Meet Ashley Demirali, the DogHouse’s most devoted member


Charlie Wolfson

Her name is Ashley Demirali, but many Northeastern students know her as the hockey fan who can always be found in the middle of the DogHouse, wearing a Northeastern flag as a cape and a backward NU cap.

Demirali, a DogHouse leader, has become a fixture at men’s hockey games during her time at Northeastern — this Friday will be senior night for her along with several players — and there’s a story of undying passion behind one of the team’s most faithful followers.

“I love it more than anything,” said Demirali, who grew up in Boston. “We can come around this team and we can gather in sport. It truly brings people together to be a part of this community.”

Demirali has seen the best and worst of Northeastern hockey. She’s seen sparse Matthews Arena crowds and heart-wrenching big-game losses. She’s seen the devastation of the 2015 Beanpot. She’s also seen the joy of the 2016 Hockey East title and the 2018 Beanpot win. With the Beanpot title out of the way, she said she thinks this team can finally go the ultimate distance.

“We don’t have anything hanging over our heads now,” she said. “We can do this. We can bring it all the way to the national championship. That’s what [the Beanpot] meant for us.”

Demirali has loved the game of hockey since her dad, a 1984 Northeastern alumnus, started getting season tickets when she was 10. After attending most home games throughout high school, she transferred from University of Massachusetts Boston to NU as a second-year biology major and joined the DogHouse — the student section that occupies the end balconies at Matthews Arena.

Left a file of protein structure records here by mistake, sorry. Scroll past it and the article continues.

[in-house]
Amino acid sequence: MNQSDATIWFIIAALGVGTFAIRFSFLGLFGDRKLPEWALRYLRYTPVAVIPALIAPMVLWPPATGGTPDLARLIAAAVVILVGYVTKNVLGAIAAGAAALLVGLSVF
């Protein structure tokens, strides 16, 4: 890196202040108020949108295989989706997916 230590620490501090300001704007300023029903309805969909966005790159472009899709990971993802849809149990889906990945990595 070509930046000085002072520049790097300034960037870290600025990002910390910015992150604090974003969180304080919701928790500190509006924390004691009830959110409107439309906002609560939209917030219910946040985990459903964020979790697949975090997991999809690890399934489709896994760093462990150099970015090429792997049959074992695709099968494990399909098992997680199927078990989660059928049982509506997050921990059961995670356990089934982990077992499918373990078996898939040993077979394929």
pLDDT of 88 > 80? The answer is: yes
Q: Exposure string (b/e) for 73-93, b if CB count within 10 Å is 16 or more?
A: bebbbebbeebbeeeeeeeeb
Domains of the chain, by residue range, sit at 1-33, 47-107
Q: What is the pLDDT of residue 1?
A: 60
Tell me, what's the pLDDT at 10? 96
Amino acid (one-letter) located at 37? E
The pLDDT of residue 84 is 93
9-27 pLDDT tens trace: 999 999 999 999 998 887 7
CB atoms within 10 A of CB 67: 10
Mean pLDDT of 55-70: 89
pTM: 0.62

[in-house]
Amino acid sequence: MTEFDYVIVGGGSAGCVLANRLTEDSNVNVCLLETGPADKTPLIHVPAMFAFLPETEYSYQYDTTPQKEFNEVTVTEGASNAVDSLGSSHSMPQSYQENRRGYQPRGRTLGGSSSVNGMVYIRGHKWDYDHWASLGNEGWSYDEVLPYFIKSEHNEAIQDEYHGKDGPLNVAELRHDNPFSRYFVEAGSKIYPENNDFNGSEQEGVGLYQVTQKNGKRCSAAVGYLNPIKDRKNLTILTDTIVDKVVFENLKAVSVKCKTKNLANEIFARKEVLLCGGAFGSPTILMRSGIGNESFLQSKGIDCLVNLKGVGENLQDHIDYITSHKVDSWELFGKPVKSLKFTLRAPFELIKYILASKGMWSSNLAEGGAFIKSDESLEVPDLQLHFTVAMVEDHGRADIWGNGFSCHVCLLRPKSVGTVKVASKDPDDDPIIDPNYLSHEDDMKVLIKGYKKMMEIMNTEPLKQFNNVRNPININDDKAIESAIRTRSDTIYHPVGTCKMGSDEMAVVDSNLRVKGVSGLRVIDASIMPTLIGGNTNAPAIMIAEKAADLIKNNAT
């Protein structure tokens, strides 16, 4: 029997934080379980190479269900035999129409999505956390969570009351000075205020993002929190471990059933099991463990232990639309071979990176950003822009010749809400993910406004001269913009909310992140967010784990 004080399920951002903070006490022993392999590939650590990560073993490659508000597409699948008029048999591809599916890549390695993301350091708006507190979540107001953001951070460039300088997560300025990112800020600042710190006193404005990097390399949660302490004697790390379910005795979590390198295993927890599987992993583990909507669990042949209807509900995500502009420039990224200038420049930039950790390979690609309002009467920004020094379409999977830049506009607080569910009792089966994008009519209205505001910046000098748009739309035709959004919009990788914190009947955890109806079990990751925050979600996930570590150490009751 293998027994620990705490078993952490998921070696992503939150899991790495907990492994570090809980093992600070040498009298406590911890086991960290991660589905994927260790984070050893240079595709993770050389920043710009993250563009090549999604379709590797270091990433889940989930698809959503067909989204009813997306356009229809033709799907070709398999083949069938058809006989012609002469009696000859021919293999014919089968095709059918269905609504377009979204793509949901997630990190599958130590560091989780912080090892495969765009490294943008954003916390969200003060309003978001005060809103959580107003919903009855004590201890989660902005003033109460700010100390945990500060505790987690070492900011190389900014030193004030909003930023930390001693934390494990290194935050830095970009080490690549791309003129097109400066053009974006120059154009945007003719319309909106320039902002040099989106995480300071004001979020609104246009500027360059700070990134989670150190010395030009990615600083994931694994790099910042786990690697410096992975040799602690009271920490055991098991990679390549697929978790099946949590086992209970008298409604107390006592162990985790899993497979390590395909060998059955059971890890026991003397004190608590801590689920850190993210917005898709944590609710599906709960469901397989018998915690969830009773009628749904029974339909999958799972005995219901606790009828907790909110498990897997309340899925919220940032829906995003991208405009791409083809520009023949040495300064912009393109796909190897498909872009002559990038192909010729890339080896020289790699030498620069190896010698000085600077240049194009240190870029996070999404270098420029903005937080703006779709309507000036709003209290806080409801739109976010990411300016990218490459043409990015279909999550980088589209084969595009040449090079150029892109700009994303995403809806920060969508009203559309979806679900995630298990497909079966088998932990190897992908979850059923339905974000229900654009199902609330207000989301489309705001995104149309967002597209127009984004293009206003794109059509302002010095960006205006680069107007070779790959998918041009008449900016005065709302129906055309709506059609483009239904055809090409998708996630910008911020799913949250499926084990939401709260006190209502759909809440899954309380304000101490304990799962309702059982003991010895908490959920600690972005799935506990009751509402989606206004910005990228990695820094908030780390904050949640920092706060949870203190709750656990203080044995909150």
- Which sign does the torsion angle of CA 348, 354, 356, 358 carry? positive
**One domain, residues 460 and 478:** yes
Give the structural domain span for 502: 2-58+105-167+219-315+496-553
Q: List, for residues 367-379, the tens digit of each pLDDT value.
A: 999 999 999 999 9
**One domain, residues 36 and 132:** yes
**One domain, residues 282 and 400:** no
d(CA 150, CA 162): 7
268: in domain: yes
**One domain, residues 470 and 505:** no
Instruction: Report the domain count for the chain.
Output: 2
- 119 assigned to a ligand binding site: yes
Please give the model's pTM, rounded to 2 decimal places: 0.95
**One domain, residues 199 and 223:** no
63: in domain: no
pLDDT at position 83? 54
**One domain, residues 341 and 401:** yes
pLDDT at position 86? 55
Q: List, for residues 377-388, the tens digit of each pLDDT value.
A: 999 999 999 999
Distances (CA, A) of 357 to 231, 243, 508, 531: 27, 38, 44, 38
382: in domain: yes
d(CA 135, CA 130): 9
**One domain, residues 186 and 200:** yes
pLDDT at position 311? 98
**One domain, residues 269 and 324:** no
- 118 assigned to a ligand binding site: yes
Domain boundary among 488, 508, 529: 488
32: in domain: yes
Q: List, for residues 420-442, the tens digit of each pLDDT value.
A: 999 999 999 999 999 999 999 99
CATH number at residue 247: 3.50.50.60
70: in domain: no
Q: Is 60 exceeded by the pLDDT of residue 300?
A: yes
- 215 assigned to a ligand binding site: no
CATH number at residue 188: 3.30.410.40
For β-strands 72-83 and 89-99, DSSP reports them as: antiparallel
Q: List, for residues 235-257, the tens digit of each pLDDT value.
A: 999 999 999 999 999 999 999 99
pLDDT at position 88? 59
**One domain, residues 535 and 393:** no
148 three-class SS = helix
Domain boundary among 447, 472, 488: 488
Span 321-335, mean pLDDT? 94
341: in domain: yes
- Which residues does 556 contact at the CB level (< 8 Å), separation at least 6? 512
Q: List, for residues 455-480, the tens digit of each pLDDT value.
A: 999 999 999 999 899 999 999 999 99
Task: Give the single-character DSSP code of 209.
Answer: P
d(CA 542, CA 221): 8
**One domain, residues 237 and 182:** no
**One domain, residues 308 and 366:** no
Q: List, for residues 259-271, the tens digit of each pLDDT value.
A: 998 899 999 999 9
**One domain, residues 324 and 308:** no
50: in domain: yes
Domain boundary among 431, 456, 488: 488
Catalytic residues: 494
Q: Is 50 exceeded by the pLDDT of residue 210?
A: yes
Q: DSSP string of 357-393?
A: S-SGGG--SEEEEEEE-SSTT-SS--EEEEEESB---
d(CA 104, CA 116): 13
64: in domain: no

Over the past three years, Demirali attended 73 consecutive games, home and away. This Friday’s game at Matthews, senior night against New Hampshire, will be her 74th.

The most powerful thing about the team, she said, is the sense of community it fosters at a university in the middle of Boston, wedged between a number of other communities.

“It allows you to let loose and experience a sense of community Northeastern often lacks,” she said. “Sports at Northeastern aren’t followed as widely as they used to be, or as much as I’d like them to be. But to me, it’s such a huge rallying point for this university.”

Demirali approaches her role as leader of the DogHouse seriously. She talks to potential new DogHouse members during summer orientations, and often she said she sees those recruits at Matthews the following season. One of the realities of Northeastern’s student body is that 20 percent of the student population is made up of international students, some of whom aren’t familiar with hockey. Demirali gave a presentation at the international student office this year to give them some basics.

She said she mostly showed them the fundamentals, like what a faceoff is.

“I tried to relate everything back to soccer,” she said. “And catching people early with Northeastern soccer helps, because that comes before hockey and basketball.”

Her hard work recruiting, building excitement and preparing for home games has paid off, she said.

“The games where I and the rest of the DogHouse leaders worked hard, you saw it looking up into the stands,” she said. “To me, it’s getting your freshmen early. It’s getting that bug in their head about how much fun athletics can be and how much of a community it can be.”